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If a contract is signed between 2 parties and is not notarized or witnessed by anyone other than the 2 affected parties, is it still "legal" &binding

1 Answers. Asked on Aug 25th, 2011 on Contracts - West Virginia
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This contract is between a divorcing husband and wife over a monetary arrangement. One of the parties wants out of the agreement and I just wanted to see if this document is held to the same standard as a document that was witnessed/notarized or if it''s more like a "verbal" agreement and won''t hold up.
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Answered on Sep 04th, 2011 at 7:52 PM

In general, a contract does not need to be notarized or witnessed to be binding.  (Of course there are exceptions, such as those imposed for wills, for recording real estate documents, and possibly, involving divorce arrangements.)  But for most contracts, we do not generally require them to be witnessed or notarized, to be "legal."  The notary removes the issue as to the identity of the parties signing the contract.  But, it is not usually a prerequisite of a binding agreement.  Oral agreements are also generally binding (with some exceptions, such as contracts relating to the debts of another, real estate, or promises that will take over a year ro perform), but sometimes hard to prove.  It may be that as a matter of the family law in your state, the agreement must be notarized or witnessed.  Otherwise, it is up to the intent of the parties.  Your family law lawyer should help you on this.  If you don't have a lawyer helping you, I assume the amount involved with the contract doesn't really justify that expense.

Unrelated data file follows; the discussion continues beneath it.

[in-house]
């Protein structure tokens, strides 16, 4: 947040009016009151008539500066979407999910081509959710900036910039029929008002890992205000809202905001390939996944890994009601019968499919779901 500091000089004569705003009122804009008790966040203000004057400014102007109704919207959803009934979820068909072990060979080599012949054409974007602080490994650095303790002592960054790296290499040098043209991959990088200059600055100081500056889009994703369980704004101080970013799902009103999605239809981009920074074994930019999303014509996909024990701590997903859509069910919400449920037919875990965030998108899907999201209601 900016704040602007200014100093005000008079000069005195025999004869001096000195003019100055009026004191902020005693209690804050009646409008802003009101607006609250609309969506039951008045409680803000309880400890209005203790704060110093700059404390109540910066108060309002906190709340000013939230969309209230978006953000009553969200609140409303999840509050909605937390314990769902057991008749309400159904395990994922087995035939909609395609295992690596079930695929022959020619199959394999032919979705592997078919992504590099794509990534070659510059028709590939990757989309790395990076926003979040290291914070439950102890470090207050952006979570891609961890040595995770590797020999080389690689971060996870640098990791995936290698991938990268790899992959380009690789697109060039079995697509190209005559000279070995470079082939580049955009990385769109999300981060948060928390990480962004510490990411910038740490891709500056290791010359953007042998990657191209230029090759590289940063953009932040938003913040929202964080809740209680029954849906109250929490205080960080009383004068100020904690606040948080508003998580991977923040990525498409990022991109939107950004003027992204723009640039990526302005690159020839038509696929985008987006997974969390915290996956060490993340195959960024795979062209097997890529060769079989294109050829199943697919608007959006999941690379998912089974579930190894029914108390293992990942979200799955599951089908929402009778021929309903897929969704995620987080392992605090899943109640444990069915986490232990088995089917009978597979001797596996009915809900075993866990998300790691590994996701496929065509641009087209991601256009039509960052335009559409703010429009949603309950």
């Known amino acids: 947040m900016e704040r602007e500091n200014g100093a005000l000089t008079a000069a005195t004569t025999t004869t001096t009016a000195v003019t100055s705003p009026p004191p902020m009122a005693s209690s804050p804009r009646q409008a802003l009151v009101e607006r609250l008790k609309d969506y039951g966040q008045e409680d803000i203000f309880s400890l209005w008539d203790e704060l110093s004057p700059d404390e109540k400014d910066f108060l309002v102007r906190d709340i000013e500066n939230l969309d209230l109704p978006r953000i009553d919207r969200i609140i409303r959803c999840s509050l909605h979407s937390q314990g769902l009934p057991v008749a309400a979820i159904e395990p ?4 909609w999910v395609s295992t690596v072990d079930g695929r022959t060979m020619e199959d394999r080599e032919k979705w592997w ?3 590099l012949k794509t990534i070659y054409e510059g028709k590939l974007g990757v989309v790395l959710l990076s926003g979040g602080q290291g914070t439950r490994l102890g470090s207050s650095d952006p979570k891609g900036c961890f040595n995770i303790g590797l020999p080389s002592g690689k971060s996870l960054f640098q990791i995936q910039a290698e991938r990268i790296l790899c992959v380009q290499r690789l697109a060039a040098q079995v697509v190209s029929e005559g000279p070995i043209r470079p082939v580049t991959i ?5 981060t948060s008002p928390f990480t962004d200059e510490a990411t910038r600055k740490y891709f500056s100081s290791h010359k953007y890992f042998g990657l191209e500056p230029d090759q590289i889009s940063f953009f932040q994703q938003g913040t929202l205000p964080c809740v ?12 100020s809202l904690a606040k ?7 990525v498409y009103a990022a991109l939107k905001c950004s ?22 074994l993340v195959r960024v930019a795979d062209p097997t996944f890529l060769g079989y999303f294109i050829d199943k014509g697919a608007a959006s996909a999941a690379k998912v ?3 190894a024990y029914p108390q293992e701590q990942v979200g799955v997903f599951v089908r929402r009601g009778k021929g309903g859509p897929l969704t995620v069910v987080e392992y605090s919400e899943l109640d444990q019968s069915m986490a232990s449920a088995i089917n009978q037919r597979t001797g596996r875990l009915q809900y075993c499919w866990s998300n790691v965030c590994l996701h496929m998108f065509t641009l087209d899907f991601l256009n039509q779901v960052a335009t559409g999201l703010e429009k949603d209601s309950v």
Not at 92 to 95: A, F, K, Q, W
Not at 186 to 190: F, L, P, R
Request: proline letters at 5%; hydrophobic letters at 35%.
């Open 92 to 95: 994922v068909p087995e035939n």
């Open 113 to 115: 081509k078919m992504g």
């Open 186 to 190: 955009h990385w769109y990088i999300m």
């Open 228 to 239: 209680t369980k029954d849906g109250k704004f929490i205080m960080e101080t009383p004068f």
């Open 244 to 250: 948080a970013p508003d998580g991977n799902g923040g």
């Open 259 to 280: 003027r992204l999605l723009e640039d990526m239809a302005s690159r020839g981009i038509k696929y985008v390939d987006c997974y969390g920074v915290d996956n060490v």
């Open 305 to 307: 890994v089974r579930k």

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Most people and business enter into contracts on almost a daily basis. Simply put, a contract is a legally binding agreement between two parties. One party makes an offer to do something in exchange for "consideration," or payment, and the other party accepts that offer. Contacts can be verbal, in writing or even implied. Some contracts--such as signed credit card receipts--are very simple. Others--such as those used to buy or sell real estate--are far more complicated. If you are entering into a complex transaction, it pays to hire a contract law attorney as early as possible in the process. Your lawyer can help negotiate the terms and conditions of the agreement, then draft the contract or review the contract that has been presented to you. Law firms with experience in contract law can also defend you if you or your company has been accused of breaching a contract, or if you need assistance enforcing a existing contract.
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